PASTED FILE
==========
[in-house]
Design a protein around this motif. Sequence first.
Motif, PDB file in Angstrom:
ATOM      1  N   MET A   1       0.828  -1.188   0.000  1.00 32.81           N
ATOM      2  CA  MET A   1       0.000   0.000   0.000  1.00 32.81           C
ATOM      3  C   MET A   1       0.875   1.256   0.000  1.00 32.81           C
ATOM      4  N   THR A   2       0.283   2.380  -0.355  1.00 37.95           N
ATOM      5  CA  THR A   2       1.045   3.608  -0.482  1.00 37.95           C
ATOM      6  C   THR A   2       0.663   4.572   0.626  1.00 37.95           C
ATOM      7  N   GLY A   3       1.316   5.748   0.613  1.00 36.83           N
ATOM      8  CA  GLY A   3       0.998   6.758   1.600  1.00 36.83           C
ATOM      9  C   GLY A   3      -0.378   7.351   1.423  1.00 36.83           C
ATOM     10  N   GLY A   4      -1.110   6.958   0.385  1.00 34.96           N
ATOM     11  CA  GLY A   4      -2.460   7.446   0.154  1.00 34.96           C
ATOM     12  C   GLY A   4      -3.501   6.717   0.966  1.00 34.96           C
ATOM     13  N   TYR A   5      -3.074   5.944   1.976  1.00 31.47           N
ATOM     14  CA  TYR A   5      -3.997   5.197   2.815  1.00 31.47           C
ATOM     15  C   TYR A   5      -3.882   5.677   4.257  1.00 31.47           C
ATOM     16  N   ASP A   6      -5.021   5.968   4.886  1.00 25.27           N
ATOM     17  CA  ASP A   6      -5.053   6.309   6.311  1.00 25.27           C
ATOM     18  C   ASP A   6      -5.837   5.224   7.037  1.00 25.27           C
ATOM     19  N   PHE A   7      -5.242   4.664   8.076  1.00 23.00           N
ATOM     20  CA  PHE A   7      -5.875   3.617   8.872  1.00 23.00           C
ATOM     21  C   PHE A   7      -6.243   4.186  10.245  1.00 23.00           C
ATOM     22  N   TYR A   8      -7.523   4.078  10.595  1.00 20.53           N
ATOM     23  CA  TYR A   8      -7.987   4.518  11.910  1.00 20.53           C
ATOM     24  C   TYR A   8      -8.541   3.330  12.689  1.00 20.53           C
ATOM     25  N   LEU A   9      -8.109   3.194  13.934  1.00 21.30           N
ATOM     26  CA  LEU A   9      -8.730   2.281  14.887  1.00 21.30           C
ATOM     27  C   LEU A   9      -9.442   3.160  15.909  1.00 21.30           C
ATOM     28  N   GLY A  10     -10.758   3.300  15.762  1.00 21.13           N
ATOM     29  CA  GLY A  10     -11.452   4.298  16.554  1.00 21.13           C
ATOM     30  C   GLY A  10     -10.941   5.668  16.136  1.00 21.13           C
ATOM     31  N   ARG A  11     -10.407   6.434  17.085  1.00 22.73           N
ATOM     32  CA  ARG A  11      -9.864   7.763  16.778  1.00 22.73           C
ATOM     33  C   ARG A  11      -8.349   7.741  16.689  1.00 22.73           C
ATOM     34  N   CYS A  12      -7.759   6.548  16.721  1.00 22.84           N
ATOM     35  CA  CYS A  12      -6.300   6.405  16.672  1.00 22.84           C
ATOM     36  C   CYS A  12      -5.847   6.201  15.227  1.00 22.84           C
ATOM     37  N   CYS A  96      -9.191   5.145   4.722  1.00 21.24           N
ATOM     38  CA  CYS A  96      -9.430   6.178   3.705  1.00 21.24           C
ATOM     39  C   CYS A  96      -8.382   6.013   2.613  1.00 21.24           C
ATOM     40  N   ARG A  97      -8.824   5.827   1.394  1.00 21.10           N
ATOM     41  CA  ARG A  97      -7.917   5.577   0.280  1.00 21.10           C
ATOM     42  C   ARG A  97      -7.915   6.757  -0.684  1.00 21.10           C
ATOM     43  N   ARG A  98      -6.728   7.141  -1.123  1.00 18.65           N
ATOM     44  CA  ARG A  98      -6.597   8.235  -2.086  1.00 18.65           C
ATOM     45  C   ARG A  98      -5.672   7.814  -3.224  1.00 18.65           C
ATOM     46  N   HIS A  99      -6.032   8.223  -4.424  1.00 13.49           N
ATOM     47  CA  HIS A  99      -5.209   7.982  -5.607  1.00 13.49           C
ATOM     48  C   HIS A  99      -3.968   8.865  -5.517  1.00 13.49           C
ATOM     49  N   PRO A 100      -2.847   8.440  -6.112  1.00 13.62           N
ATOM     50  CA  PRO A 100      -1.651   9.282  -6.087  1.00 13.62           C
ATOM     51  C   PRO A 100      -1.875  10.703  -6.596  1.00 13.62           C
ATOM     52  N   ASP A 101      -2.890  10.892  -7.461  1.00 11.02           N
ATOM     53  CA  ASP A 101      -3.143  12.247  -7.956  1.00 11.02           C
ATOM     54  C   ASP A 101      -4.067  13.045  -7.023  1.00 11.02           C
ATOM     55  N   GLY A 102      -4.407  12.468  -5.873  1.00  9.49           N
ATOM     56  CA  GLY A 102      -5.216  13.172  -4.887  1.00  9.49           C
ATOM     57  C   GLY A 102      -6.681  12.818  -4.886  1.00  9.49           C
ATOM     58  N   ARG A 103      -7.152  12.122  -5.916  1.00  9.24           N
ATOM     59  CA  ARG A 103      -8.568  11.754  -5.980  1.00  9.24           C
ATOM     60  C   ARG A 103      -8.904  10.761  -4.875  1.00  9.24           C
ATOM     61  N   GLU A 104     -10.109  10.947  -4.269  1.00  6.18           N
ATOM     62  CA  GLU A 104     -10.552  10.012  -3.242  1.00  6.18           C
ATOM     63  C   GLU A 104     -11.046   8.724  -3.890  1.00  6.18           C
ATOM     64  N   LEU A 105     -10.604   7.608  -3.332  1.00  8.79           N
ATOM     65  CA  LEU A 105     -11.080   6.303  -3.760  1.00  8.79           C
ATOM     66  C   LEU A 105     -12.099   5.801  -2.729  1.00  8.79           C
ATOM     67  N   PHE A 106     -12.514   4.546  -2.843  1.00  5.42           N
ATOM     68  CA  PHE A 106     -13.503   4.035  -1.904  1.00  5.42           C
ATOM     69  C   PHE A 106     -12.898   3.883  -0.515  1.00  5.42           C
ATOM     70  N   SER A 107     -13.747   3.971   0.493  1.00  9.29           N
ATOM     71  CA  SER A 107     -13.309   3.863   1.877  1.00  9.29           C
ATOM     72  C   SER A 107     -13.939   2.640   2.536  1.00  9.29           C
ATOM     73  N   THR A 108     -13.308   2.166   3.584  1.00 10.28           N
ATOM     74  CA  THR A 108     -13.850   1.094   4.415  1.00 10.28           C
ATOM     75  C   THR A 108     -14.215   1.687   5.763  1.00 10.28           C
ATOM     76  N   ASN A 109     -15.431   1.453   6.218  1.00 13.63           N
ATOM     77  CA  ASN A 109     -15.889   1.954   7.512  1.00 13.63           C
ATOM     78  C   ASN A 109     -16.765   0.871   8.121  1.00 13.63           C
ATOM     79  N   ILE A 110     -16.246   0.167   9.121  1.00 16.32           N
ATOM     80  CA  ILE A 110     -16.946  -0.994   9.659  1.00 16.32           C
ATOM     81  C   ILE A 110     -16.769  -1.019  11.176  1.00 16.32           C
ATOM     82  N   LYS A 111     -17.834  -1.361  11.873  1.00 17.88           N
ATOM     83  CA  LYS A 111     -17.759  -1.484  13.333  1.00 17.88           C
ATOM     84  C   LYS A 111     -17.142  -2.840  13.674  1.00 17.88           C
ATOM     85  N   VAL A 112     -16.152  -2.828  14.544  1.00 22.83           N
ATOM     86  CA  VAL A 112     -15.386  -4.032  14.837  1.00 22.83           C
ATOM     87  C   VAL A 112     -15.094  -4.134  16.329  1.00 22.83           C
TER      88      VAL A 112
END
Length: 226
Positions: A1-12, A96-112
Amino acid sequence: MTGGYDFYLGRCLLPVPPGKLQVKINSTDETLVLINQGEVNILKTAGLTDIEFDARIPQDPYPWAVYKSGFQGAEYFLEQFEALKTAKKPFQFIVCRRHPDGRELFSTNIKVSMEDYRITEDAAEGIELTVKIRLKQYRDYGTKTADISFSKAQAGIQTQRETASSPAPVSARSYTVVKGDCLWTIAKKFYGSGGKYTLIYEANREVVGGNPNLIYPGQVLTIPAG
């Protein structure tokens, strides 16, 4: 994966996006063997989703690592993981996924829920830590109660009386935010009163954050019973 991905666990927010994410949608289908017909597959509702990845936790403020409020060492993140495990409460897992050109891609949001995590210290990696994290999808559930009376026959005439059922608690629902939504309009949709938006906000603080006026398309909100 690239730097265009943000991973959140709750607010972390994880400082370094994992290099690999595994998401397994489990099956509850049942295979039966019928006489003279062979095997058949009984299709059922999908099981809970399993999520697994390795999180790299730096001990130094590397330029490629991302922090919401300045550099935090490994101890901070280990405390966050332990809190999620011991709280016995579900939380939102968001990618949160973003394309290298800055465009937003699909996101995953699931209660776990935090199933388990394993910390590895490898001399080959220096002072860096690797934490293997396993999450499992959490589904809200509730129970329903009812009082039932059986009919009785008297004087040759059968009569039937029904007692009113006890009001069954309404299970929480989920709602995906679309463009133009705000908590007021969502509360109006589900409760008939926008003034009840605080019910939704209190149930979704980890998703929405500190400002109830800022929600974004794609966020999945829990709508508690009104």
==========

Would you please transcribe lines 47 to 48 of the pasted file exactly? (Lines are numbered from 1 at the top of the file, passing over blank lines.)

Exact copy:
ATOM     44  CA  ARG A  98      -6.597   8.235  -2.086  1.00 18.65           C
ATOM     45  C   ARG A  98      -5.672   7.814  -3.224  1.00 18.65           C